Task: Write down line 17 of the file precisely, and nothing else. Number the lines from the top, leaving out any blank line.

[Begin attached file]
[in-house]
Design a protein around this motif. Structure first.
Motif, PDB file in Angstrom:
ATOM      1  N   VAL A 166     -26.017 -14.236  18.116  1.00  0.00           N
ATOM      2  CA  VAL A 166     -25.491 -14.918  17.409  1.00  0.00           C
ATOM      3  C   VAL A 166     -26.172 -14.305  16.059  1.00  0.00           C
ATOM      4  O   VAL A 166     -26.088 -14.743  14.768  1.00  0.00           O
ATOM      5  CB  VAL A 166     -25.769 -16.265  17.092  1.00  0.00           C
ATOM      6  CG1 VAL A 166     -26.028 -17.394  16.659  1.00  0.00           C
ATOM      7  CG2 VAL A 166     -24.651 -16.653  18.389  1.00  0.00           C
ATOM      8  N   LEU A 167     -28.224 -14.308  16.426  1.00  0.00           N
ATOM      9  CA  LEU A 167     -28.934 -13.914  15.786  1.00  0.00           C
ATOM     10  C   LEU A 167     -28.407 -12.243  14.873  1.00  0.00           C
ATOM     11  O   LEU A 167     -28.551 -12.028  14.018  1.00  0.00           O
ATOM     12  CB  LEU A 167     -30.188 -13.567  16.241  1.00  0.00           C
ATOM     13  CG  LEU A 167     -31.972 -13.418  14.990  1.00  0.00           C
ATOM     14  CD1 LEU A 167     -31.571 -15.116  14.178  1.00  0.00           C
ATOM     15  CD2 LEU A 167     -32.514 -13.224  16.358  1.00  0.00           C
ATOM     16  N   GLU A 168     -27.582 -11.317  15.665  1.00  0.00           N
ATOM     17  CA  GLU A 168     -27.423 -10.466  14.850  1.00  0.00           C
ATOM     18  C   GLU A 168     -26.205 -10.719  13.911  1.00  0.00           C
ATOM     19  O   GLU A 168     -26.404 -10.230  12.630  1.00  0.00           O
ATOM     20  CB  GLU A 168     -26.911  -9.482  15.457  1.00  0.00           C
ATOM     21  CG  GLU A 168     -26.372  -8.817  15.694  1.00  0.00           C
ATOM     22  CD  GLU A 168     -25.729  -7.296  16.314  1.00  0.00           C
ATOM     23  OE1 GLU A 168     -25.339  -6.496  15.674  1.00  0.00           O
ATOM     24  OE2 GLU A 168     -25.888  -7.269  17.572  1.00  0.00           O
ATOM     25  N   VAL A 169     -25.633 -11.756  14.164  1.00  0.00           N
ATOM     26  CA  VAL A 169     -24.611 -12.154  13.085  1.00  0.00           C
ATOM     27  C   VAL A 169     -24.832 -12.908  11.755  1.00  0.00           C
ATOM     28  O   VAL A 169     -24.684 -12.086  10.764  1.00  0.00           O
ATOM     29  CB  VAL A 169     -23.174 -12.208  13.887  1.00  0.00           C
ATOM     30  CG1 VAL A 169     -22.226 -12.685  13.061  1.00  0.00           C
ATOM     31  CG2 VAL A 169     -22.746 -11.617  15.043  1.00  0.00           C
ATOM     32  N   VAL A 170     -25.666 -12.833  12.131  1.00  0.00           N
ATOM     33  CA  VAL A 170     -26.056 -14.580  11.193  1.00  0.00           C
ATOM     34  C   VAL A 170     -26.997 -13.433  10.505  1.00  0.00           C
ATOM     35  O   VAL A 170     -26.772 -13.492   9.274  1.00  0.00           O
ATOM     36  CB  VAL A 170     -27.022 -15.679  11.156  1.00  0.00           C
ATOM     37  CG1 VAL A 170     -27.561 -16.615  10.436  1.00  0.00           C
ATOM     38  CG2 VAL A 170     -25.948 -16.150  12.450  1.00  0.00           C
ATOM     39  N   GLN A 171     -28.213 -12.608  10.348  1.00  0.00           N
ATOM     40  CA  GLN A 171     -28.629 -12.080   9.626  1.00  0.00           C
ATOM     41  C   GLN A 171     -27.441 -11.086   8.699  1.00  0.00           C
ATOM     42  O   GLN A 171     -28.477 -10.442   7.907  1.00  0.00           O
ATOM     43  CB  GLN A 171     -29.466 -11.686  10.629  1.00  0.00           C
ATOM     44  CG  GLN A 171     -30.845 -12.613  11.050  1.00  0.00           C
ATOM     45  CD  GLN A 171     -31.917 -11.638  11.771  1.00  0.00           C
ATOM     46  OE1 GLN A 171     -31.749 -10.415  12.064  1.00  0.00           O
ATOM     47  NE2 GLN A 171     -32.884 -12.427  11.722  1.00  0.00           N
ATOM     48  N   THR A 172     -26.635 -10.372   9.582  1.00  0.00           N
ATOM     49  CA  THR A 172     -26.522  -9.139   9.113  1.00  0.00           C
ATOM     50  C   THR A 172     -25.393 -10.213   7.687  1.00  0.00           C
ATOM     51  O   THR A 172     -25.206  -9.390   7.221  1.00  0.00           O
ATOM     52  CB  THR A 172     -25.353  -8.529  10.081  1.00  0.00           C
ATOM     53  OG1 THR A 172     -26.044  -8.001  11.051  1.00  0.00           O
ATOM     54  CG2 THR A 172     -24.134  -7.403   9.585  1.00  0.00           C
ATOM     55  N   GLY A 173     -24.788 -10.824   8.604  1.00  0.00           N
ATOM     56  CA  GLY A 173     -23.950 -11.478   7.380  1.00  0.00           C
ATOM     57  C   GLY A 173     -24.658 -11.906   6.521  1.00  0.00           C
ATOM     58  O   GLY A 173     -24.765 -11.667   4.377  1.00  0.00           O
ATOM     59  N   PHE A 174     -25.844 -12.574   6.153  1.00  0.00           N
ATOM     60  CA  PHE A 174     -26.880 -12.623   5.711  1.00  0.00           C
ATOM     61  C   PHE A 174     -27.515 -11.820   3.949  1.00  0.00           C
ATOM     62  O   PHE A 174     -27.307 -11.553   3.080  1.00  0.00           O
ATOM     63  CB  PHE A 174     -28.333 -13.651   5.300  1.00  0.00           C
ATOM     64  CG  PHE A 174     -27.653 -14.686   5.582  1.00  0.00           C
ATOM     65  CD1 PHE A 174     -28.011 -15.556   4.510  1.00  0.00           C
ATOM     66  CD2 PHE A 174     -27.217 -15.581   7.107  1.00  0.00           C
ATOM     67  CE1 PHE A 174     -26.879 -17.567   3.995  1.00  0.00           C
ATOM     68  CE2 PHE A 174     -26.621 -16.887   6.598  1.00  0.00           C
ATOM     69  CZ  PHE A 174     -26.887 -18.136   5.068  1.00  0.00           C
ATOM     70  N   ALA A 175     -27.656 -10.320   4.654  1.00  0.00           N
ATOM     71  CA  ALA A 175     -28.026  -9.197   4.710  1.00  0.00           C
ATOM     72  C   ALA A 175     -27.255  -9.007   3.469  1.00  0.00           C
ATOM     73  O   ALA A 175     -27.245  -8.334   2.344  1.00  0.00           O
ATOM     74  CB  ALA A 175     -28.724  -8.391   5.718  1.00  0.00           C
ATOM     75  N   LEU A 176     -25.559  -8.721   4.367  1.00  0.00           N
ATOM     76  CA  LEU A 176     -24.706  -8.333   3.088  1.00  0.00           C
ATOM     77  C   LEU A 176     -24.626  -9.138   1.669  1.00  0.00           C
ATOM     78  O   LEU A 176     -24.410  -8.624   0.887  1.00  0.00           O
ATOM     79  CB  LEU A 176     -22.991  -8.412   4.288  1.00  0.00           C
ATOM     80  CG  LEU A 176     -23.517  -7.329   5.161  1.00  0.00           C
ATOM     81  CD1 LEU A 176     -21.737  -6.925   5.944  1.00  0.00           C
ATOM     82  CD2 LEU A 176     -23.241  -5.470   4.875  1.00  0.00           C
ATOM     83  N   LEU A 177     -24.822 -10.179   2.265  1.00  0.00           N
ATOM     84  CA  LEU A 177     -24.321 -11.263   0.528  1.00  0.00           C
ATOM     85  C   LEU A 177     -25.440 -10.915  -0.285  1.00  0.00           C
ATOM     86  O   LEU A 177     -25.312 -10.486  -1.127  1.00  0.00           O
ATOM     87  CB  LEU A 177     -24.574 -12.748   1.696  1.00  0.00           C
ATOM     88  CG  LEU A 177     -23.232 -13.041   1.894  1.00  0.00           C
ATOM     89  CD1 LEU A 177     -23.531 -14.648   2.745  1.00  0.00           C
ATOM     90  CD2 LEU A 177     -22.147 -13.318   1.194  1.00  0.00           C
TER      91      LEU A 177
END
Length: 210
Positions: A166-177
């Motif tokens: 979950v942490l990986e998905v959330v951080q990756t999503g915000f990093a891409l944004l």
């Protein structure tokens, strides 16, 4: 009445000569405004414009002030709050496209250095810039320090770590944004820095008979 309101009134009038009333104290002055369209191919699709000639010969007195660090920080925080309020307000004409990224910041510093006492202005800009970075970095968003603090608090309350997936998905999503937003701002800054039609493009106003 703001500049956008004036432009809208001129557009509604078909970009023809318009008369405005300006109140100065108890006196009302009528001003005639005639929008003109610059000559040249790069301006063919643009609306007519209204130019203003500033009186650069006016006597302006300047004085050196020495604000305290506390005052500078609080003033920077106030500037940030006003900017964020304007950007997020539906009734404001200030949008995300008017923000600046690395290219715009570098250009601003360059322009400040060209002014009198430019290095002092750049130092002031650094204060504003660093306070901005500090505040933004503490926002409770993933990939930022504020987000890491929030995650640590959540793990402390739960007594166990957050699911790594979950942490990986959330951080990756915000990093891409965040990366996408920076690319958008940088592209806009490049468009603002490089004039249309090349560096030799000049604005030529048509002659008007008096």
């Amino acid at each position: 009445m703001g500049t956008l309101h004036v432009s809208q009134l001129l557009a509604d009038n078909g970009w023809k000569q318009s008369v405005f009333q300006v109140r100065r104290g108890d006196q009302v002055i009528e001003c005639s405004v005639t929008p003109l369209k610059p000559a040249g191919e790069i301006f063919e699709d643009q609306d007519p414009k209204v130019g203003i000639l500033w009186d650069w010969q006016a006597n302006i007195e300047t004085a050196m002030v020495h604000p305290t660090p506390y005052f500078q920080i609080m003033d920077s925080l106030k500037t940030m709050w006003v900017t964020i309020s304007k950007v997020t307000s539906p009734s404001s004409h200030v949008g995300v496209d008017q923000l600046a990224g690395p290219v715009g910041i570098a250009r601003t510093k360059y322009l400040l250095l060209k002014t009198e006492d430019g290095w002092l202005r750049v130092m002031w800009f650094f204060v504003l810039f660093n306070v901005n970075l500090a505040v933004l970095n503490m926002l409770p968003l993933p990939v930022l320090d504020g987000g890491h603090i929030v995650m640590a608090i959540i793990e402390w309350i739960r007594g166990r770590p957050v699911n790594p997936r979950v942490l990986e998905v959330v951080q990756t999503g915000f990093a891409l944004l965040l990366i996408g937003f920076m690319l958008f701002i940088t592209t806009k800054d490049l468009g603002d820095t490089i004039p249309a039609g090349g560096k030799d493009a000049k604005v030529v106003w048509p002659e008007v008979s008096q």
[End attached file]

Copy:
ATOM     14  CD1 LEU A 167     -31.571 -15.116  14.178  1.00  0.00           C